The Teenage Mutant Ninja Turtles have been a part of the American popular subculture since their advent by Mirage Studios back in 1984.  Leonardo, Raphael, Michelangelo and Donatello have been an integral part of the lives of millions of young people over the years, which resulted in the creation of several cartoon series, toys and three TMNT shows in the early 1990s. After a fourth film reboot was created in 2007, some fans had mixtures of joy and disdain when initially hearing of this year’s remake. Which made the writing of the screenplay the most important part in allaying all fears of a disappointment. But TMNT successfully knocks it out the park thanks to writers Josh Appelbaum (Mission: Impossible-Ghost Protocol), Evan Daugherty (GI Joe 3) and Andre Nemec (Life on Mars). Each is an accomplished scribe with the ability to squeeze every ounce of action into a script.  

“Andre and I had just come off of writing Mission Impossible for Paramount and they wanted to bring Turtles back to the world,” says Appelbaum. “We were thinking about what would be the best way to write this movie and what would be the best way to make it fun for audiences bringing it all back.” 

Love for the TMNT franchise was clearly the catalyst for writing a great screenplay.  That familiarity of the original subject matter was apparent with all the writers who worked on the film.

“I was a pretty diehard Turtles fan.  I collected the toys,” says Daugherty. “I kind of missed the graphic novels, but I got super into the cartoon and in the live action movies.  I used to get out of school early by faking illness to go see the opening of the first three Turtles live action movies as a tradition every couple of years.  I was a huge Turtle fan and it was an honor to be able to tell that story in that world.”

 “I was a huge fan of the original Mirage comic, a huge fan of the first movie when it came out. I was maybe a little too old for the cartoon," says Appelbaum. "But the comic and the first movie were my favorites. I remember that first comic because it was bigger than a normal comic and it was the first 3D comic that I had ever owned.  So I was really excited. I read it over and over again.”

Part of the appeal of the Teenage Mutant Ninja Turtles franchise and its many incarnations is the way it captures the popular culture of the day.  Music, slang, swagger and the attitude of whatever decade these offerings debut, are woven into the fabric of the films and television series. That same formula is used in the new TMNT film.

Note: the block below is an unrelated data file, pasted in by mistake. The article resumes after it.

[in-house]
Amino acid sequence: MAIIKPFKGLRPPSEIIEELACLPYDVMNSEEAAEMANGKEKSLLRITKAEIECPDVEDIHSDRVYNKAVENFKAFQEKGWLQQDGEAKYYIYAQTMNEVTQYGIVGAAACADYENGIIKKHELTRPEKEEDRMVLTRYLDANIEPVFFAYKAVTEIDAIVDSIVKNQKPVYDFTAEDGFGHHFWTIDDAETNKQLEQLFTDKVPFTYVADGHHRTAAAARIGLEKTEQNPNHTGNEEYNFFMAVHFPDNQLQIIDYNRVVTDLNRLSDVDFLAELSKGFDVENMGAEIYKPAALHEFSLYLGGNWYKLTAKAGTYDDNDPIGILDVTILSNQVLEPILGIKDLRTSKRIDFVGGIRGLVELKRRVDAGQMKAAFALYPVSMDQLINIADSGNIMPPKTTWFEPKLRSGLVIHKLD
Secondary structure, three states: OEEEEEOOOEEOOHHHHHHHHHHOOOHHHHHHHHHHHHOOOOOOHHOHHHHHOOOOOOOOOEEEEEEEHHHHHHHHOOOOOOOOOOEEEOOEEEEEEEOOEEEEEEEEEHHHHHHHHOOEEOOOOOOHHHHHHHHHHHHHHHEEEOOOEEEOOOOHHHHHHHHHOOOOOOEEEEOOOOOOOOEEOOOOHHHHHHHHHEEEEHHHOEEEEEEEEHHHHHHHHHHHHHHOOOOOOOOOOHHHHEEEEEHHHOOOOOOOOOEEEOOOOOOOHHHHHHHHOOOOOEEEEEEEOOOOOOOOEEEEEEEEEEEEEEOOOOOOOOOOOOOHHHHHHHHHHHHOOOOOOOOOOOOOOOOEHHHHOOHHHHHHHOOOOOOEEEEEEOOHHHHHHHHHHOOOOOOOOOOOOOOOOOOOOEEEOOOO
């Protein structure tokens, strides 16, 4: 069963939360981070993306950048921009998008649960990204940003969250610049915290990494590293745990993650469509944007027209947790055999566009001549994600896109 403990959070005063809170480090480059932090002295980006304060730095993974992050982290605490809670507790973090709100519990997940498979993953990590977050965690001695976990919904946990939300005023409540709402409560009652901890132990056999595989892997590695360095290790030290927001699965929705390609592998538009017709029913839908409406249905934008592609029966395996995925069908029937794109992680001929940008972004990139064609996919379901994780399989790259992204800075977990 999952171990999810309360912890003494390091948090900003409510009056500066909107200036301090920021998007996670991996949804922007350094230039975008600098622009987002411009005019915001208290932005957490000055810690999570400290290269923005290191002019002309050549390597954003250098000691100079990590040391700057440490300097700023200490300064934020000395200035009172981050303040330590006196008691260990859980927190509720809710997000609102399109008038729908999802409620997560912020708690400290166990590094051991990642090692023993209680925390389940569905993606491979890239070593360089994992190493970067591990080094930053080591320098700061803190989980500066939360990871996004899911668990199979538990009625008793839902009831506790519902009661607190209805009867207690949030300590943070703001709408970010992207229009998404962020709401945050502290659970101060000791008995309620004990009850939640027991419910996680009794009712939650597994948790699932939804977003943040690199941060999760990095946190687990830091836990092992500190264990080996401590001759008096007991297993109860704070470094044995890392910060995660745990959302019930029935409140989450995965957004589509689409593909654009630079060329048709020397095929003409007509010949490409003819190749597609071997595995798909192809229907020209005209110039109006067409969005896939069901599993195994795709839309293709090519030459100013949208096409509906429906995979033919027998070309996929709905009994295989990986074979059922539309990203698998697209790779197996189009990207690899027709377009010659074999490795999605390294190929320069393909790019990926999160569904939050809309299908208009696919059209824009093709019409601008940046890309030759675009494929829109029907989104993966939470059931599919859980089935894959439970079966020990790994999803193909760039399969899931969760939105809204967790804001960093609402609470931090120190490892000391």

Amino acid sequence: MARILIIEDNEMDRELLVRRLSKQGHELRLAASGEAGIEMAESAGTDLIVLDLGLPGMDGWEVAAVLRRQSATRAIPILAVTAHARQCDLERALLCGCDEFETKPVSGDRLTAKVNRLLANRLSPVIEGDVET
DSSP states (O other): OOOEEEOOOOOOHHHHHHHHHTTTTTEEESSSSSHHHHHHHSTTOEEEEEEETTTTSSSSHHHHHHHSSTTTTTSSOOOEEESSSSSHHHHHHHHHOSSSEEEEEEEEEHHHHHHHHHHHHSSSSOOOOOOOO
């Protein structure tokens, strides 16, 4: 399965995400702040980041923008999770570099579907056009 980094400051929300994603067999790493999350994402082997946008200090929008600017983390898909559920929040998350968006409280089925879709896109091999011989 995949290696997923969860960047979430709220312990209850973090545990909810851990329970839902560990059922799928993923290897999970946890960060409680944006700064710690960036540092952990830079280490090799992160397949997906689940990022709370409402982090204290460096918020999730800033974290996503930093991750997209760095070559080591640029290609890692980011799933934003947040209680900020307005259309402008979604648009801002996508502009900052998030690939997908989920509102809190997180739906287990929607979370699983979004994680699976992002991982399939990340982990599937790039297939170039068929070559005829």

Teenage Mutant Ninja Turtles retells the story of four turtles and a lab rat that are mysteriously transformed by a chemical called mutagen. Trained by the rat, who calls himself Splinter, each of the turtles is given the name of a famous person from the Italian Renaissance. Where the dark and mysterious feeling inherent in the original Ninja Turtles comic book was largely lost in the past. This new TMNT movie pulls it off with room to spare.

“We’re all pop culture junkies in one way or the other," says Appelbaum, “and it was about trying to honor the ninja turtles from the graphic novel as much as possible.”

“I think that the finished product actually straddled the middle ground between some of that grittiness and darkness of the graphic novel,” said Evan. “There are real stakes.  New York City is really in danger in a big way at the end of the film.  But at the same time I like to think that it does keep a lot of that levity from the cartoon and the original live action film. From my perspective, it was about walking the line between the two.”

 

“There’s something about the grittiness, the size and the shape of those guys that plays really well in conjunction with the type of humor that the cartoon had,” says Andre. “We decided that if we were going to do it and Michael Bay was going to produce it then let’s put the Turtles on the biggest canvas possible, the most exciting action scenes possible and take it from there.”

Teenage Mutant Ninja Turtles is a rollicking fun ride with serious consequences at stake. The anthropomorphic turtles created by CGI, had a look and feel that out turtled all prior attempts at a live action TMNT. With witty dialogue that largely avoids clichés, star Megan Fox (Transformers, Transformers 2) surprisingly nails the role of struggling reporter April O’Neil. And Shredder, played by Tohoru Masamune, was truly frightening with battle armor made like a CGI wonderland. Some bloggers and TMNT fans initially expressed concern over the look of Shredder's gear. But the silvery-metallic style often caught the sunlight for scenes that were equal parts dramatic and dreadful. The fact that he spoke in Japanese for much of the film added to his character's authenticity as well. 

Easy to distinguish one turtle from another - unlike past TMNT franchises - Leonardo, Raphael, Michelangelo and Donatello vary in size, strength and mental aptitude.  Directed by Jonathan Liebesman, one can clearly see the Michael Bay producer influence in several of the scenes full of slow motion action sequences, collapsing builds and April O’Neil nearly plunging to her death. But TMNT is still a joy to behold, and one of the first sci-fi films of the summer that will be equally entertaining for children and adults as well. 

The Shadow League gives Teenage Mutant Ninja Turtles an A-.